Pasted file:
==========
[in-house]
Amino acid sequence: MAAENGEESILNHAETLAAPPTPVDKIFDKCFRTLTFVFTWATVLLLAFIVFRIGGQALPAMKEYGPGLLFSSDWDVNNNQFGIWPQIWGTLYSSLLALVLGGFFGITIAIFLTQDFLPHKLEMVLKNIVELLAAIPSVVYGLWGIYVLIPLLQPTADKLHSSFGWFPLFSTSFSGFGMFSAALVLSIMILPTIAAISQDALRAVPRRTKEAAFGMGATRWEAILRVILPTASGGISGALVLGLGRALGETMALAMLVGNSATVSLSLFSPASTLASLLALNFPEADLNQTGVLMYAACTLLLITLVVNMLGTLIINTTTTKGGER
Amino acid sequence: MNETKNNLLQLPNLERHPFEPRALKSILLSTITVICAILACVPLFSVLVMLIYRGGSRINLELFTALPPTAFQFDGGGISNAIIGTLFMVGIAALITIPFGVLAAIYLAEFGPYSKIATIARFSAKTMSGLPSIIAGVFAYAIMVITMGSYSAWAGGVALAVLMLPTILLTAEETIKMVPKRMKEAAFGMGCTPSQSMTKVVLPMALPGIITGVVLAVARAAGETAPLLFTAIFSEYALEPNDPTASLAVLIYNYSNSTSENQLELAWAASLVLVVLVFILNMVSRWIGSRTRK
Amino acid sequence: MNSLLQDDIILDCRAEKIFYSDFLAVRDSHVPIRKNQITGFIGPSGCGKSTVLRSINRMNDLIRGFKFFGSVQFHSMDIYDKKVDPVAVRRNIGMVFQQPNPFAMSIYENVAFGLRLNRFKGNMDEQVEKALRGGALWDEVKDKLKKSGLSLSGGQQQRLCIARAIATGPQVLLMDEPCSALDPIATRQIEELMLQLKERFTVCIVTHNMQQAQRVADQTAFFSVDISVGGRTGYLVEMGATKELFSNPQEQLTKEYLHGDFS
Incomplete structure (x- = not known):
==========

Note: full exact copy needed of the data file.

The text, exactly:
[in-house]
Amino acid sequence: MAAENGEESILNHAETLAAPPTPVDKIFDKCFRTLTFVFTWATVLLLAFIVFRIGGQALPAMKEYGPGLLFSSDWDVNNNQFGIWPQIWGTLYSSLLALVLGGFFGITIAIFLTQDFLPHKLEMVLKNIVELLAAIPSVVYGLWGIYVLIPLLQPTADKLHSSFGWFPLFSTSFSGFGMFSAALVLSIMILPTIAAISQDALRAVPRRTKEAAFGMGATRWEAILRVILPTASGGISGALVLGLGRALGETMALAMLVGNSATVSLSLFSPASTLASLLALNFPEADLNQTGVLMYAACTLLLITLVVNMLGTLIINTTTTKGGER
Amino acid sequence: MNETKNNLLQLPNLERHPFEPRALKSILLSTITVICAILACVPLFSVLVMLIYRGGSRINLELFTALPPTAFQFDGGGISNAIIGTLFMVGIAALITIPFGVLAAIYLAEFGPYSKIATIARFSAKTMSGLPSIIAGVFAYAIMVITMGSYSAWAGGVALAVLMLPTILLTAEETIKMVPKRMKEAAFGMGCTPSQSMTKVVLPMALPGIITGVVLAVARAAGETAPLLFTAIFSEYALEPNDPTASLAVLIYNYSNSTSENQLELAWAASLVLVVLVFILNMVSRWIGSRTRK
Amino acid sequence: MNSLLQDDIILDCRAEKIFYSDFLAVRDSHVPIRKNQITGFIGPSGCGKSTVLRSINRMNDLIRGFKFFGSVQFHSMDIYDKKVDPVAVRRNIGMVFQQPNPFAMSIYENVAFGLRLNRFKGNMDEQVEKALRGGALWDEVKDKLKKSGLSLSGGQQQRLCIARAIATGPQVLLMDEPCSALDPIATRQIEELMLQLKERFTVCIVTHNMQQAQRVADQTAFFSVDISVGGRTGYLVEMGATKELFSNPQEQLTKEYLHGDFS
Incomplete structure (x- = not known):